Audience

DJ Salah formal

DJ Salah formal

Salah describes his audience as ranging from 18-45 and educated. This is fertile ground for his intelligent music that blends house, soul, hip hop, salsa and Reggae. Although he does do some lounge, his patrons mostly come to him to dance. The gigs that he gets are mostly clubs, some restaurants, larger events (like opening for Dave Chapelle 8 times) and corporate events including Hennessy, Lincoln Properties and even Whole Foods.

Connect

Social networking combined with real world interaction allows Salah to keep connected to his patrons. Providing people with a great experience keeps them coming back for more.

Entice

Give people music that makes them dance and be a reliable resource for venue owners that fits with the vibe they are trying to build and draws crowds – that is the magic enticement blend.

Simplify

Salah uses the technology tools already mentioned to simplify promotions, but also has some tools of the trade to make DJ’ing easier. Most notably is Serato that allows him to perform with only his laptop in hand – critical when you are traveling internationally for a show and don’t want to drag around vinyl or CD’s. In fact, it is a prerequisite for all of the DJ’s that work for Salah.

Success

DJ Salah spinning

DJ Salah spinning

Success is fundamentally measured by how many people show up and if they are on the dance floor. Effectiveness of different promotional tools can be loosely measured by the amount of activity on the social networks, including retweets, RSVP’s to events, comments on past events, and the fan base of his Facebook group.

Final Words of Advice

Music always comes first, but DJ’s need to also be aware that they are Personalities. They need to connect on a personal level to their fans, look the part for venue owners and event organizers, and do a lot of leg work interacting with people and promoting to be successful. For promotions, it is critical to reach your target audience effectively and to respect them – connect with them on their terms and don’t beat people over the head with announcements.

Background

Salah Ananse was a child actor and actively involved in dance and promotion since he was very young. He broke into the scene with the help of his DJ friends that gave him access to gigs and he worked his way up by building strong friendships and being good at what he does. He is a DJ, producer and promoter – through his organization Soul Sessions which has worked with people like Erykah Badu and Rafael Saadiq.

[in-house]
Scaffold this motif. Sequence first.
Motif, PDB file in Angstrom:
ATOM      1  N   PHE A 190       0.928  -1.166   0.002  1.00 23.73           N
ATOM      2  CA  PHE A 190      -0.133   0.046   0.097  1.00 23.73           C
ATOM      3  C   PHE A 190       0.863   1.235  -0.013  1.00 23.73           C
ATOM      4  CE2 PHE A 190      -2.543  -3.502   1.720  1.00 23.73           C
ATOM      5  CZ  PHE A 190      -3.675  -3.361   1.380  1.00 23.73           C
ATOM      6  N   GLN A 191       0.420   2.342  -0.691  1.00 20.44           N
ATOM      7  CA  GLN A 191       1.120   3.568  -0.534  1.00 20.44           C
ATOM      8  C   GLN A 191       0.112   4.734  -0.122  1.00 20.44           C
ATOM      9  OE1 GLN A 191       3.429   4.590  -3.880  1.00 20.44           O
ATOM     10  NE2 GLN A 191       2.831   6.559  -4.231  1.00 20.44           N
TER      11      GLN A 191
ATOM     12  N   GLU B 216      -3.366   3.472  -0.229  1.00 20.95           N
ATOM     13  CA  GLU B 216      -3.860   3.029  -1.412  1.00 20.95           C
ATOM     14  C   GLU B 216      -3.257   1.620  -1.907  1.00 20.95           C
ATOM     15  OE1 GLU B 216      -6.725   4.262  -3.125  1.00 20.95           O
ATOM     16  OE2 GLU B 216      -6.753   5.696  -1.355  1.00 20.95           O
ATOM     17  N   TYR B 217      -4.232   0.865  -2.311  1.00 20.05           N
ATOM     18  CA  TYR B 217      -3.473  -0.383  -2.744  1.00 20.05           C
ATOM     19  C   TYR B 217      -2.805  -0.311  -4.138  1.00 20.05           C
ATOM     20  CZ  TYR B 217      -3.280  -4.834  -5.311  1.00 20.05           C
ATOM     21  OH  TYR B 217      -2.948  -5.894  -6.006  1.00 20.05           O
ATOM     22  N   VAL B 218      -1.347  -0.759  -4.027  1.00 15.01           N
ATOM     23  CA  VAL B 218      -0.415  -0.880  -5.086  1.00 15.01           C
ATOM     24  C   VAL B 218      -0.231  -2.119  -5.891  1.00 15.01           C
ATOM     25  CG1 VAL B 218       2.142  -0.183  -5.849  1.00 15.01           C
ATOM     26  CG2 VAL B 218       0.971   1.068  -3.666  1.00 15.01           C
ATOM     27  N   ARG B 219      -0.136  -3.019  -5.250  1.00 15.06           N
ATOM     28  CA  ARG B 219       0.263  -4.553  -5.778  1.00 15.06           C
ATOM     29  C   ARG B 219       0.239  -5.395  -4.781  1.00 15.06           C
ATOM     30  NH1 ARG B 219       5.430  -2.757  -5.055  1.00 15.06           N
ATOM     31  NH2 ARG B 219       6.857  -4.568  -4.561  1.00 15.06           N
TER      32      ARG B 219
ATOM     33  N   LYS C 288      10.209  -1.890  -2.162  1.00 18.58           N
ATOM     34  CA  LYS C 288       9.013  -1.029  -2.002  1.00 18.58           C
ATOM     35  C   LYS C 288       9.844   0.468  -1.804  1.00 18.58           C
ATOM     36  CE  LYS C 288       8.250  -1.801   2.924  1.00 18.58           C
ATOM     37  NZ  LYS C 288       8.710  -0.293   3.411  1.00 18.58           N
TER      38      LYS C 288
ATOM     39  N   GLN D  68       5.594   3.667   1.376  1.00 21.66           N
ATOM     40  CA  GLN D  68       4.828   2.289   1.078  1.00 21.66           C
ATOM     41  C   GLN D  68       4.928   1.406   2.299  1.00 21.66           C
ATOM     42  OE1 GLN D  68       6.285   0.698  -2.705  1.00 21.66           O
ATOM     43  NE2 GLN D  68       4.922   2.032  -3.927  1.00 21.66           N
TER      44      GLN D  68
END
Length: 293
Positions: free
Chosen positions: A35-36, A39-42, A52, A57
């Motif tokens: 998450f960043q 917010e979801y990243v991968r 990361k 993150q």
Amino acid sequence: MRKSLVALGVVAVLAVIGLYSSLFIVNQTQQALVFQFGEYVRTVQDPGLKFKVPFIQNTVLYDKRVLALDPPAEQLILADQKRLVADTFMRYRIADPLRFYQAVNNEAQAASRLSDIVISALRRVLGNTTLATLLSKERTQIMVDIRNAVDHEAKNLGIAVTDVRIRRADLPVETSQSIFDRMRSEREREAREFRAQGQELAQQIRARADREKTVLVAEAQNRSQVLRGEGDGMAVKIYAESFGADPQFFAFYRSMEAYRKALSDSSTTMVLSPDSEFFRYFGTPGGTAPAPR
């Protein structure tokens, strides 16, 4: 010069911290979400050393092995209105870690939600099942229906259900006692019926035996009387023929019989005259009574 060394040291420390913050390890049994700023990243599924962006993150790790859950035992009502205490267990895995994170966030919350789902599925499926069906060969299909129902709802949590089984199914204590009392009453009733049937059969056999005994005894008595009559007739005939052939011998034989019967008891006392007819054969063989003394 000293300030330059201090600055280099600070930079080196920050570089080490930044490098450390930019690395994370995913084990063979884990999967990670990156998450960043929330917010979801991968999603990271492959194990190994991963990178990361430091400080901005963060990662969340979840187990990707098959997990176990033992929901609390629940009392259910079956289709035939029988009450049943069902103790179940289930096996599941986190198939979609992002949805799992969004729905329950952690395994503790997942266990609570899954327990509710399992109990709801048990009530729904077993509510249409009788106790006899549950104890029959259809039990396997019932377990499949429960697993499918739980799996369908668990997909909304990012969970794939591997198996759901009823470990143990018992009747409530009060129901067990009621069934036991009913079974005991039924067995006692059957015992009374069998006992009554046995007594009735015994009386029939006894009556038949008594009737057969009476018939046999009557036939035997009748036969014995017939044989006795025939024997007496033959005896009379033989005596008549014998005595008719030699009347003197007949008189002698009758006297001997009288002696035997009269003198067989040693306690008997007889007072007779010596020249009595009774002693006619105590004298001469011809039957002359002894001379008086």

Upcoming Events

Residencies

Other Events

Connect with DJ Salah

Website: www.salahananse.com
Soul Sessions: www.soulsessions.com
Twitter: www.twitter.com/salahananse
Myspace: www.myspace.com/salahananse
Salah on LinkedIn
Salah on Facebook

Shout Outs

  • Dave Chappelle – just a great guy to work with
  • Anthony David – Grammy nominated singer
  • D.R.E.S. tha BEATnik – hype man based in Atlanta
  • Sean Alvarez from swanksociety.com - great people to collaborate with. Check out Swank Society’s page and hear music that will get you through your work day or party night.
  • DJ Kwestanother great collaborator.
  • Mausiki Scales – Jazz/Afro-beat musician that Salah is collaborating with on album, due out in August
  • The Tabernacle – Salah always has a great time spinning at this venue in downtown Atlanta
  • Sugar Hill – although closed now, this was a great venue with great people
  • Jazz Cafe – the amazing venue in London is a great experience for any artist

DJ Rodd Summers – Ambience Amplifier

On the 1's and 2's at Top Flr

On the 1's and 2's at Top Flr

Like hipsters without ironic t-shirts or sundaes without Reddi-Wip topping, a great night out just isn’t complete without the right music. DJ Rodd Summers has spent over 15 years creating the soundtracks that keep heads bobbing while conversations flow.

I met Rodd at Danneman’s coffee shop in Atlanta’s Old Fourth Ward neighborhood to talk about his experiences and see what insights he might have to offer the DJ’s and other organizations in the Community. Below is the summary, but you’re missing out if you don’t listen to 24-minute interview in its entirety

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Promotions